Some History

A project log for Retro Modules for Education

Optimizing the Retro Modules framework for educational settings.

WilliamWilliam 08/22/2021 at 08:230 Comments

I began developing Retro Modules as a hobby around 2010 after realizing many modern microcontrollers can fit in old-school Null Modem enclosures. I did not have PCB design skills at the time, but I could certainly hand-solder a prototype & close it up. It looked great -- on the outside!

The form factor allowed me to create professional-looking product with just a little hand-soldering & off-the-shelf components. While still very simple, it allowed me to happily demonstrate intermediate electronics skills. I didn't have to apologize for the rat's nest of wires inside each module because it was out of sight. It allowed me to show off the proof of concept with ease. Such a form factor can empower intermediate engineers to easily make modules which can go through the rapid iteration process while looking professional at every stage. When the process is largely complete, prototype PCBs can be designed to fit into the exact same enclosures used early on. The Retro Modules project has progressed, though slowly. It has remained a hobby until now, given other priorities. I hope that changes soon. The PCBs I've designed so far look & work great!

Distracted by a Spec

Last year, I realized I was working more on refining the Retro Modules specification than on actual electronics experimentation. I was also spending lots of time designing custom dock configurations & enclosures. Very little electronics work. That needed to change. A major reason why I was doing little electronics work is due to the early instability of the modular specification. I grew tired of creating modules only to have them become incompatible with a newer version of the specification. As I grew more confident with PCB design I knew there would come a point where PCBs are being manufactured & the spec had to be stable. That time came earlier this year as likely the last of the specification changes were made for the most common connectors. While testing the basic PCBs & preparing for the design of more advanced PCBs, I found I had several modules which needed technical questions answered before PCB design could continue. I needed to do standard-fare tests of components & circuits that would be used.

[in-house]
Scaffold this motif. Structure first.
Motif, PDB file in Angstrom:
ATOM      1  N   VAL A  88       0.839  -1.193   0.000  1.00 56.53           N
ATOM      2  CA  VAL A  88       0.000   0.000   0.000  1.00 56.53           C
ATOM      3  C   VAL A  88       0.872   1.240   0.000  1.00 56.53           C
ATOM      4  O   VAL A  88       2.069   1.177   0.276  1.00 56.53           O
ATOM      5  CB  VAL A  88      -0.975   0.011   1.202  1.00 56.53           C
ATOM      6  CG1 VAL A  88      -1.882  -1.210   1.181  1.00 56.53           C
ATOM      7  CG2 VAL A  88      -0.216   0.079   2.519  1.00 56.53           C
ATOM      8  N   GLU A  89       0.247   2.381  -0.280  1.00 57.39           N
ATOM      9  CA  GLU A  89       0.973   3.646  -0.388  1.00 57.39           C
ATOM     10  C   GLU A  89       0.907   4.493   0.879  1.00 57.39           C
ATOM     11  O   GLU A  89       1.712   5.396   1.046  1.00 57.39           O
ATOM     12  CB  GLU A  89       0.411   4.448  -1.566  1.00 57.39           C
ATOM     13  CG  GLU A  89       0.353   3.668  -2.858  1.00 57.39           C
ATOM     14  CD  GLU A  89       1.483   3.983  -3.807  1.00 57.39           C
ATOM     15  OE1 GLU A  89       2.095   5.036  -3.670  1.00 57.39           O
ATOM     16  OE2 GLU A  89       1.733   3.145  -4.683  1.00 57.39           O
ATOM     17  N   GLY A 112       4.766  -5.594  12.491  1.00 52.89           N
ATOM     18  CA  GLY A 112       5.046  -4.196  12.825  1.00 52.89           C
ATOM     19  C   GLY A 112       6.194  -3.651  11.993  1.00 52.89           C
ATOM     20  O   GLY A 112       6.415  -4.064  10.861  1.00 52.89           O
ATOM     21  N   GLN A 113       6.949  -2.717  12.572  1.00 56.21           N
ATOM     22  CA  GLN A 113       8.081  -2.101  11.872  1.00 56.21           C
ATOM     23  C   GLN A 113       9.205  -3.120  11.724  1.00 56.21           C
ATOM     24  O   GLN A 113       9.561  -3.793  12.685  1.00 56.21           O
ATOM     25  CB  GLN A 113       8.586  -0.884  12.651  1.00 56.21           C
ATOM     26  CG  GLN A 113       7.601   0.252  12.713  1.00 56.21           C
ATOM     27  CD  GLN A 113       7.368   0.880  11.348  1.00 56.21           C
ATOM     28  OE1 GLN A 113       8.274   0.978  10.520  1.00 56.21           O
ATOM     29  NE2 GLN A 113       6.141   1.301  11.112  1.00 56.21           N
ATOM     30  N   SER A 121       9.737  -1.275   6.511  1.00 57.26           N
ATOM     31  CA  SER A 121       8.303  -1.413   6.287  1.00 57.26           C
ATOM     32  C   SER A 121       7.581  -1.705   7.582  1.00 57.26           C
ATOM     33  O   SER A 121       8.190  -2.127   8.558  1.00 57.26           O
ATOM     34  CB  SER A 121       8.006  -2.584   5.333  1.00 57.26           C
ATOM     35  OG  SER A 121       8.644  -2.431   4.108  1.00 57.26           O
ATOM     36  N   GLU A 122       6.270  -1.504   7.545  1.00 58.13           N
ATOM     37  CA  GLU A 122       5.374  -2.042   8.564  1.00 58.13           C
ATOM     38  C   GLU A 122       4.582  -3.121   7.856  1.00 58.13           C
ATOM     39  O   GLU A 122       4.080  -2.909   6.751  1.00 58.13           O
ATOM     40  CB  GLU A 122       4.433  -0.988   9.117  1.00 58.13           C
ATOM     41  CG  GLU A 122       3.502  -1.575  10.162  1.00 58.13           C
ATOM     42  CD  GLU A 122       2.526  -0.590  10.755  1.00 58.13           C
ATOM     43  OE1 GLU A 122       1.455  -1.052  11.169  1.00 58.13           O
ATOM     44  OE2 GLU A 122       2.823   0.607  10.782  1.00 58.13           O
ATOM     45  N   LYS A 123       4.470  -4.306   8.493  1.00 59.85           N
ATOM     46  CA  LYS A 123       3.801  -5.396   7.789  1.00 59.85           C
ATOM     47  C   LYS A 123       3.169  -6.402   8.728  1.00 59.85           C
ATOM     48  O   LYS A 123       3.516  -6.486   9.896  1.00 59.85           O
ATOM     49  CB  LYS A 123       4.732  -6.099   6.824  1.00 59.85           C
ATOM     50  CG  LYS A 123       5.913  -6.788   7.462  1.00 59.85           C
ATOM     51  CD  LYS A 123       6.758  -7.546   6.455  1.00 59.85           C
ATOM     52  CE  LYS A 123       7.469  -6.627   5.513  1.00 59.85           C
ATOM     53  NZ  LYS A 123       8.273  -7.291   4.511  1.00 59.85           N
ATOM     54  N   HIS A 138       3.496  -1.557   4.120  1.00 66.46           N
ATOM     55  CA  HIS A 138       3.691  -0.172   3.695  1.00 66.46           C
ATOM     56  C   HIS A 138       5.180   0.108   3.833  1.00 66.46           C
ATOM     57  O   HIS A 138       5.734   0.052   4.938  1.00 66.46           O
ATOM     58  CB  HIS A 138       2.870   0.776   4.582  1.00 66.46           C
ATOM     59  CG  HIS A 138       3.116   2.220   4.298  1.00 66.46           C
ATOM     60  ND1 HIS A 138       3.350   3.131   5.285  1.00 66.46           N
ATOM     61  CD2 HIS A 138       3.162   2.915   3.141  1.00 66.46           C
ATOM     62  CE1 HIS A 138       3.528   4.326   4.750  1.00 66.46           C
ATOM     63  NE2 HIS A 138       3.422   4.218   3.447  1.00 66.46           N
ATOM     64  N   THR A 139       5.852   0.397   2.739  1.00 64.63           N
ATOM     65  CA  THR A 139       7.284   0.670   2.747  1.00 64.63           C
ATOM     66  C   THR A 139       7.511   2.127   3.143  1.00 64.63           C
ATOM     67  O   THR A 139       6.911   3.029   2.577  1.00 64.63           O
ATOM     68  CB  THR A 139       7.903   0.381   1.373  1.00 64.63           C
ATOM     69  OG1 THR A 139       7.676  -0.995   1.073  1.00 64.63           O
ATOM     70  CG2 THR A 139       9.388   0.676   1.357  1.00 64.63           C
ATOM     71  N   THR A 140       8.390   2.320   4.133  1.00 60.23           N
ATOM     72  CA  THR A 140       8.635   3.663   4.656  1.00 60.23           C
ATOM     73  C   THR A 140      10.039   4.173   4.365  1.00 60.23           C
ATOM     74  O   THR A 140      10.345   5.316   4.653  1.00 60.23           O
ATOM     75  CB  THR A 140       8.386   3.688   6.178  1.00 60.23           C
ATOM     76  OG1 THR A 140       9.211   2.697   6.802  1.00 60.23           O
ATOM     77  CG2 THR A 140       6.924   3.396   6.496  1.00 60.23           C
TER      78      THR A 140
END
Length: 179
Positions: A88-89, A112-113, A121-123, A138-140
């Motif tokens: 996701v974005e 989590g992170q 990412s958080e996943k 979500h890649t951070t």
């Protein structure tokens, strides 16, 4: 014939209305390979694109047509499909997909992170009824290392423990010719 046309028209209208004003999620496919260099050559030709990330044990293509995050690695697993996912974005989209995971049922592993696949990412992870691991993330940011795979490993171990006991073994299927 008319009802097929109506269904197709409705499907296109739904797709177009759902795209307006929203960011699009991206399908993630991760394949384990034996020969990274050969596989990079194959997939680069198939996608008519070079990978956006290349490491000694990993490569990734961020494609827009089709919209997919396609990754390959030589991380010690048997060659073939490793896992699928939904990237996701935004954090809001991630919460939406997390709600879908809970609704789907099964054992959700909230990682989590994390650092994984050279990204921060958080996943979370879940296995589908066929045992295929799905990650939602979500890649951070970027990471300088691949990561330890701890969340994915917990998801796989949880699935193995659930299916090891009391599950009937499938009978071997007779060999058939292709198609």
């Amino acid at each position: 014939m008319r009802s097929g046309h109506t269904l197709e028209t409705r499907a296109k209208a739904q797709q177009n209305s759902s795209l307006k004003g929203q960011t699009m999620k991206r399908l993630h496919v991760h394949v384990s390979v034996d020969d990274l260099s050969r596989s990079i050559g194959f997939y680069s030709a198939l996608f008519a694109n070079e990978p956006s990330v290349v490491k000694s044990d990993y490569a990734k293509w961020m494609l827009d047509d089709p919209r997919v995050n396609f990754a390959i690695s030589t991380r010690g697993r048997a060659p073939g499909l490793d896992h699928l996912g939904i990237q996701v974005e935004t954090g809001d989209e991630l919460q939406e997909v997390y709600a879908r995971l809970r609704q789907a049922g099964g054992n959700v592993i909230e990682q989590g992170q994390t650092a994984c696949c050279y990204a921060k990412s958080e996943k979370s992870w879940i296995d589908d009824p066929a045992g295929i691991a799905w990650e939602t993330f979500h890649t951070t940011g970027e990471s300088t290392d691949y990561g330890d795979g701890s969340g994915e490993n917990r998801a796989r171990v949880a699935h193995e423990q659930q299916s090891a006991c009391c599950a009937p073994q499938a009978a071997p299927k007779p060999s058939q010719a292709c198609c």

Getting Back to Real Experimentation

Most "finished" modules will probably be small & simple, which led me to consider a small breadboard dedicated to each module in the current queue. These small breadboards typically have double-sided tape on their back, which led me to consider sticking a blank business card to it. I went further by purchasing dry-erase flash cards & markers. While the dry-erase option is great, the business card & pencil actually work better. The dry-erase ink dries to the flash card & may accidentally get wiped away before it dries. A wired assembly easily fits into a crayon box that costs less than a dollar. Additional notes can be written on additional blank business cards & placed in the crayon box with the breadboard. I designed a few adapter PCBs with consistent pins to effectively make the breadboard a Retro Module. These breadboard-based-modules can be easily daisy-chained together with other breadboard-based-modules, PCB modules & modules in D-Sub enclosures.

Now, when I have a module idea I can go grab a mini breadboard, a crayon box & an index card. Five minutes later, I have a Retro Module with some documentation in a box. It doesn't do anything yet. There are no wires or components other than the breadboard, but it is already just a few quick steps away from being a working Retro Module.

Facilitating Modular Experimentation in the Classroom

This same process could be used on the first day of an electronics class. Students can be given the necessary supplies & stick the mini breadboard on the index card. The teacher can ask the students to jot down ideas for modules on a separate piece of paper & ask them to pick one. They can write the name of the module idea they chose on the top-right of the index card attached to the breadboard. They can be asked to list a few things they want the module to do & put check boxes at the left of each line item. Finally, they can be asked to put their module in the provided crayon box & take it home. In the following class, they can go through the same exercise with a new set of supplies & be asked to choose another module on their list, etc. The exercise helps students compartmentalize functionality they are interested in & reduce the risk of scope creep. As their collection of crayon boxes grow, they steadily gain the ability to make their experiments work in concert.